These recent ideological somersaults, in which liberalism seems weirdly to embrace opposites and contain multitudes, should not be especially relevant to Mearsheimer’s overall project, which is to dissect liberalism to its foundations. He identifies with Louis Hartz’s The Liberal Tradition in America in its argument that the United States has been the quintessential liberal polity. Mearsheimer gives an account of it in which individualism is the be-all and end-all, with no conception of the common good conceivable and with rights that are inalienable, illimitable, and universal. This leads him into some very problematic assertions, as in his claim that “the first problem with liberalism is that it wrongly assumes that humans are fundamentally solitary individuals, when in fact they are social beings at their core.” But liberalism did not assume that. It assumed that solitary man in a state of nature would find life nasty, brutish, and short, with Thomas Hobbes, or in want of a mechanism to peacefully resolve disputes, with John Locke. For both, man in his natural state was inevitably encased in a social situation. In such a situation, radical individualism was an impossible solution: something had to be given up, in order to secure the rest. What is significant about that starting point is that it put survival above virtue in considering the ends of the commonwealth, separating it from the teachings of antiquity and the church. But the initial assumption of a state of nature was made in order to show its limitations, as Hobbes and Locke went on to demonstrate. The political problem became whether freedom was best served by too much or too little power in the state. Too little might expose the commonwealth to external and internal marauders, but too much could become oppressive to the people.

Nor was liberalism incompatible with and hostile to nationalism, as Mearsheimer repeatedly declaims. In its pure form, he writes, liberalism makes no room for national loyalty. Instead of exploring this historically, Mearsheimer constructs a social-science theory called liberalism and from this deduces an unvarying hostility to nationalism. In its historical development, however, liberalism was closely associated with nationalism. Mearsheimer appears to recognize this in citing David Armitage’s account of the independence declarations begun in 1776 and widely imitated thereafter, as nations struggled in agonies of independence, but it plays no role in his theoretical construction called liberalism. In his conception, liberalism is invariably at war with nationalism. But such a view can hardly be squared with what historical liberals believed. Taking the American branch as Franklin Roosevelt thought of it, descending from George Washington and Thomas Jefferson to Abraham Lincoln and Woodrow Wilson, the commitment to liberalism was hardly deemed incompatible with love for the nation. One might love one’s country for many reasons, but a favored one in America was to do so because the republic guaranteed those immortal rights and seemed thus to carry the fortunes of human freedom. That’s why Lincoln loved it, as he memorably wrote in his eulogy of Henry Clay. Yet Mearsheimer can write that “civic nationalism is not a useful concept.” Honest Abe thought it was. Jefferson thought it was. Hamilton, too. That it always stood alongside a sense of communal identity, of Americans as a people, does not deprive it of its existence or its attraction.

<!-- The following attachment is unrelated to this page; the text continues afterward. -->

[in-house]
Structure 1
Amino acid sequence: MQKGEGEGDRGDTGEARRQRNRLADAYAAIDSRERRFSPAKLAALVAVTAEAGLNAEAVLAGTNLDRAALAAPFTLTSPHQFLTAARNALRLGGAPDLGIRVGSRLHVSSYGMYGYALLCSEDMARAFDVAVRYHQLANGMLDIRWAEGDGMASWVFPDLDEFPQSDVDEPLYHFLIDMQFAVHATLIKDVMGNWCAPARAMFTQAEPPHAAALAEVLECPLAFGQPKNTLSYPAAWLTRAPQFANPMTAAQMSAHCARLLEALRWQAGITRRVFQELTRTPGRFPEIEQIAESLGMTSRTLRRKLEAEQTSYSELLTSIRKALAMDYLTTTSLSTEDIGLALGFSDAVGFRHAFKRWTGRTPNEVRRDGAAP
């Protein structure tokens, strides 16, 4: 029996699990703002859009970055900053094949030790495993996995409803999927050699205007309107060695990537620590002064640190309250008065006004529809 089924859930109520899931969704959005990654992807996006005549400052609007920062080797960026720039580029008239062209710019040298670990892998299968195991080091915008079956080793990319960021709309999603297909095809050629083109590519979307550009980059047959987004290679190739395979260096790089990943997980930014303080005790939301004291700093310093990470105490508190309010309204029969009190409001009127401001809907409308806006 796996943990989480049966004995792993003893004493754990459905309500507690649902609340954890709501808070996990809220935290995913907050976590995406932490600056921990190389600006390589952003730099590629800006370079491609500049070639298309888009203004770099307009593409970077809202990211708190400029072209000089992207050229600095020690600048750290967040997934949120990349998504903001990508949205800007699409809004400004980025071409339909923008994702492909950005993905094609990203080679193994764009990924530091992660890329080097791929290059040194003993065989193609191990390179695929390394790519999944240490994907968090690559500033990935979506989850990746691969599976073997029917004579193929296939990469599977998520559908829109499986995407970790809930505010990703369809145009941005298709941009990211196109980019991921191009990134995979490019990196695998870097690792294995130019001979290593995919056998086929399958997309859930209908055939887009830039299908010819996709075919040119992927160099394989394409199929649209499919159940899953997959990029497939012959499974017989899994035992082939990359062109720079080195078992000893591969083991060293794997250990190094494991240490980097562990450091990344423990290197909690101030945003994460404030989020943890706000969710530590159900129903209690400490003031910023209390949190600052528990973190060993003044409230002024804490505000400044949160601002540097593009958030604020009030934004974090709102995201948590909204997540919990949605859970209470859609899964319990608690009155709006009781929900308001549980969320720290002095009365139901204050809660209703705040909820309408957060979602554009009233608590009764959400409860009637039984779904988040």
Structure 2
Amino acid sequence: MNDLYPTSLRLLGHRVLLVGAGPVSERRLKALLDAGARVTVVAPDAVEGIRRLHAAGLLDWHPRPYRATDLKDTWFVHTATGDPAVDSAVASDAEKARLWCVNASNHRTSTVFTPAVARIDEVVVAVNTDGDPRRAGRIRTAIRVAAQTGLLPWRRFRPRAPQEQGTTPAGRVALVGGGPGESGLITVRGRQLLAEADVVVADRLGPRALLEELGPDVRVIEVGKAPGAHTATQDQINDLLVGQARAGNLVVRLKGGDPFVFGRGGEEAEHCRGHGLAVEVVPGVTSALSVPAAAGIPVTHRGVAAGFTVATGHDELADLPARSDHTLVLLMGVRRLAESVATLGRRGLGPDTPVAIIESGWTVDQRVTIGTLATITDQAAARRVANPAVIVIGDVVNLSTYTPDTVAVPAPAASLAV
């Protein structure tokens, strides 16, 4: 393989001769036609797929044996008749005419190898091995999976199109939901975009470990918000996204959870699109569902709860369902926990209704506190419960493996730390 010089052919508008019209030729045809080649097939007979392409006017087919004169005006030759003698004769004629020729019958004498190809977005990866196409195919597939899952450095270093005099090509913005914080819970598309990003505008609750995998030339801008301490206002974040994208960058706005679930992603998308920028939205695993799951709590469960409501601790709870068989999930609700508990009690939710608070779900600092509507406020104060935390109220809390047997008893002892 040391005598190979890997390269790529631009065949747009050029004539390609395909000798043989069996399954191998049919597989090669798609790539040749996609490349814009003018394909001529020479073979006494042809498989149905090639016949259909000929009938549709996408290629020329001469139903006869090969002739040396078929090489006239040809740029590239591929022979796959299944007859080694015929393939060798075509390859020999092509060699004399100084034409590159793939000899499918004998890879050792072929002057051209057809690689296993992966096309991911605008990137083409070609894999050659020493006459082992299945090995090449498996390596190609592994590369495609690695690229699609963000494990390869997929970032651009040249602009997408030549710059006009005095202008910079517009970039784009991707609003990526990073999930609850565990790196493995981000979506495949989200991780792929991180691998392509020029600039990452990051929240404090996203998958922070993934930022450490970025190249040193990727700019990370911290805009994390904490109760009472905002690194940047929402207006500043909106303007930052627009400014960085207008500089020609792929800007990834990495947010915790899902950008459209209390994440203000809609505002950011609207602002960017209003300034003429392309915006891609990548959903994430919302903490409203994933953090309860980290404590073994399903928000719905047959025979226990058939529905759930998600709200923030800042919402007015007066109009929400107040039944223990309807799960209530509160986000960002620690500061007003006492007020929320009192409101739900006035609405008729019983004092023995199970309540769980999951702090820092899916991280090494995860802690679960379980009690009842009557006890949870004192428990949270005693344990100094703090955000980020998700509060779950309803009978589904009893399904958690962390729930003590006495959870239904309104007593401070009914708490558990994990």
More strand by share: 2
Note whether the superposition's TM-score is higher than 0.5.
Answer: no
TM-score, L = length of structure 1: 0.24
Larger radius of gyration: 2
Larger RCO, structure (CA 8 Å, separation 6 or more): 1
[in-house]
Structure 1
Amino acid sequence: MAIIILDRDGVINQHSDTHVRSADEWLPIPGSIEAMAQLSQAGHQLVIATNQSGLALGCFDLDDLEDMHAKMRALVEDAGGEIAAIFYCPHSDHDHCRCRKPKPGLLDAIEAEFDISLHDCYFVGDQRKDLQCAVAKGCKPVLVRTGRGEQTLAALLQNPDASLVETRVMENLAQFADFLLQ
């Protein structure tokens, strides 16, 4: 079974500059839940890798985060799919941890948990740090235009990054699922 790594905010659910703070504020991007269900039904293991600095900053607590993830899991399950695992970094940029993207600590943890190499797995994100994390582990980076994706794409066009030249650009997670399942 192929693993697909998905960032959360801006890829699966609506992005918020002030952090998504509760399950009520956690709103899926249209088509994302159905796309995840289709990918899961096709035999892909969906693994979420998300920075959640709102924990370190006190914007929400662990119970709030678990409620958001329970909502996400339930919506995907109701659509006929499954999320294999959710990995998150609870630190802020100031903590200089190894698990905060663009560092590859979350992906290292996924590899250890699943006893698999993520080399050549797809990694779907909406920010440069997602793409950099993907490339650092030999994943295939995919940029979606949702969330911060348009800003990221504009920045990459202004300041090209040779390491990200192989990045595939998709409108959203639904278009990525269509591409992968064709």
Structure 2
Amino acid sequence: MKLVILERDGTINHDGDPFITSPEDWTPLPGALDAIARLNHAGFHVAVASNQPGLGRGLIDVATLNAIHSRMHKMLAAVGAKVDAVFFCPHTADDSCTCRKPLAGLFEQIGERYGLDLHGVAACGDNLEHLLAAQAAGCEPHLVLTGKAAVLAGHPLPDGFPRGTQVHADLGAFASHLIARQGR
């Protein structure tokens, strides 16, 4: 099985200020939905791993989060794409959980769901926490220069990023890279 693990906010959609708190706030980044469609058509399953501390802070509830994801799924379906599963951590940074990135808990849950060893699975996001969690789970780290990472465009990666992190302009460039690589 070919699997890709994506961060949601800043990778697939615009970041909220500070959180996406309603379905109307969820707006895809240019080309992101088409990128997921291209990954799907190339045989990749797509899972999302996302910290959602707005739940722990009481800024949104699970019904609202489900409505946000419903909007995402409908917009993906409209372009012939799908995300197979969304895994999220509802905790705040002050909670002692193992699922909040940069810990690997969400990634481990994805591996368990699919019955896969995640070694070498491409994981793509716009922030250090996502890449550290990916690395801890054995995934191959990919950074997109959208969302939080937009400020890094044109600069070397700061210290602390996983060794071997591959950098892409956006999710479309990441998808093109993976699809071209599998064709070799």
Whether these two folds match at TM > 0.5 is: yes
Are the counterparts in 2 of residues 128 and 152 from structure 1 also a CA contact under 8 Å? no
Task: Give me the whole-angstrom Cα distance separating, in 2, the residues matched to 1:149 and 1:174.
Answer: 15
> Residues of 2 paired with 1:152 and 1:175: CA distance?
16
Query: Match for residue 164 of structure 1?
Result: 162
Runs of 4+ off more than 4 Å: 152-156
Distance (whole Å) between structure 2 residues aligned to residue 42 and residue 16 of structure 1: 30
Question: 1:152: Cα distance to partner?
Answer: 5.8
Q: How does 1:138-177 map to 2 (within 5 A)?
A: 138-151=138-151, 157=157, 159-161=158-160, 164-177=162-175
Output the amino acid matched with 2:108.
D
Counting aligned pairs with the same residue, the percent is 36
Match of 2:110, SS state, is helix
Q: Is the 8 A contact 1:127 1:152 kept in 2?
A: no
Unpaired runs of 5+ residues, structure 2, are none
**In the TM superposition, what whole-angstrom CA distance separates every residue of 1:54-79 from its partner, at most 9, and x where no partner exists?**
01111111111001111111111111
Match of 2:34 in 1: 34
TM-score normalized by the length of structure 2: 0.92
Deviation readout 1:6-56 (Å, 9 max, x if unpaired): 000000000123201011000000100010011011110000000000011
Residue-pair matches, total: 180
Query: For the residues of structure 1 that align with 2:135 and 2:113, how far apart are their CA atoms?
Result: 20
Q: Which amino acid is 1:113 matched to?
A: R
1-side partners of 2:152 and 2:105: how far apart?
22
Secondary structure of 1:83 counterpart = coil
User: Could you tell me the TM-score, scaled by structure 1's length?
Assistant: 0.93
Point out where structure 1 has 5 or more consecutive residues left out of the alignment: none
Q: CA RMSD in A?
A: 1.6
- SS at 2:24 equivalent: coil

What Mearsheimer is really describing as liberalism is not liberalism as it was, but a militarized cosmopolitanism that, in its relationship with nationalism, is profoundly different from previous versions of liberal internationalism and the broader society of states tradition. Cooperation among nations for the purpose of securing their mutual independence was the way that Woodrow Wilson and Franklin Roosevelt saw it. The idea wasn’t to meld the nations into one homogenous mass, but to secure them in their freedom and independence. In Mearsheimer’s conception, liberalism always had these nationality-destroying ambitions within it, but only with unipolarity in the New World Order could they finally find release. That account misleads in vastly underestimating the real change of objectives that took place under the auspices of “neo-liberalism” and “neo-conservatism” (the two great ideas of the 1990s, initially competing, which seemed to undergo a mind-meld over time).

In his analysis of liberalism, Mearsheimer begins with the distinction between “progressive liberalism” and “modus vivendi liberalism,” following John Gray’s Two Faces of Liberalism. This discussion of the best domestic policy for the liberal state, whatever its other merits, is not to the point in assessing the liberal conception of foreign policy and international relations. Mearsheimer’s reconstruction of liberalism focuses on the rights of individuals, ignoring states, and thus entirely effaces the central international distinctions that liberal thinkers drew. It is as if the law of nature and of nations never meant anything to liberalism, when in its historical etymology it was most closely identified with it. We learn nothing from Mearsheimer of Hugo Grotius, Samuel Pufendorf, or Emer de Vattel, nothing of the importance of the law of nations to America’s Founders and to many (but not all) U.S. leaders that followed. These silences should not obscure the point that liberalism had a well-developed international theory, which put the rights of states and nations at the center. Michael Doyle expresses a key part of it, in a formulation Mearsheimer cites much later in the book: states have a right to be free from external intervention. That postulate did not put liberalism at war with nationalism, but mostly in alliance with it. Nations were to be self-determining. Liberals generally thought that was grand. Liberal opinion could, of course, also be divided: a central conundrum of international liberalism was whether the right to non-intervention held most for states or nations. Both views registered the fundamental right of independence, but this could set them at odds in particular circumstances. Mearsheimer takes cognizance of the distinction between the state and the nation, but does not explore the arguments among liberal thinkers over its significance in law and diplomacy.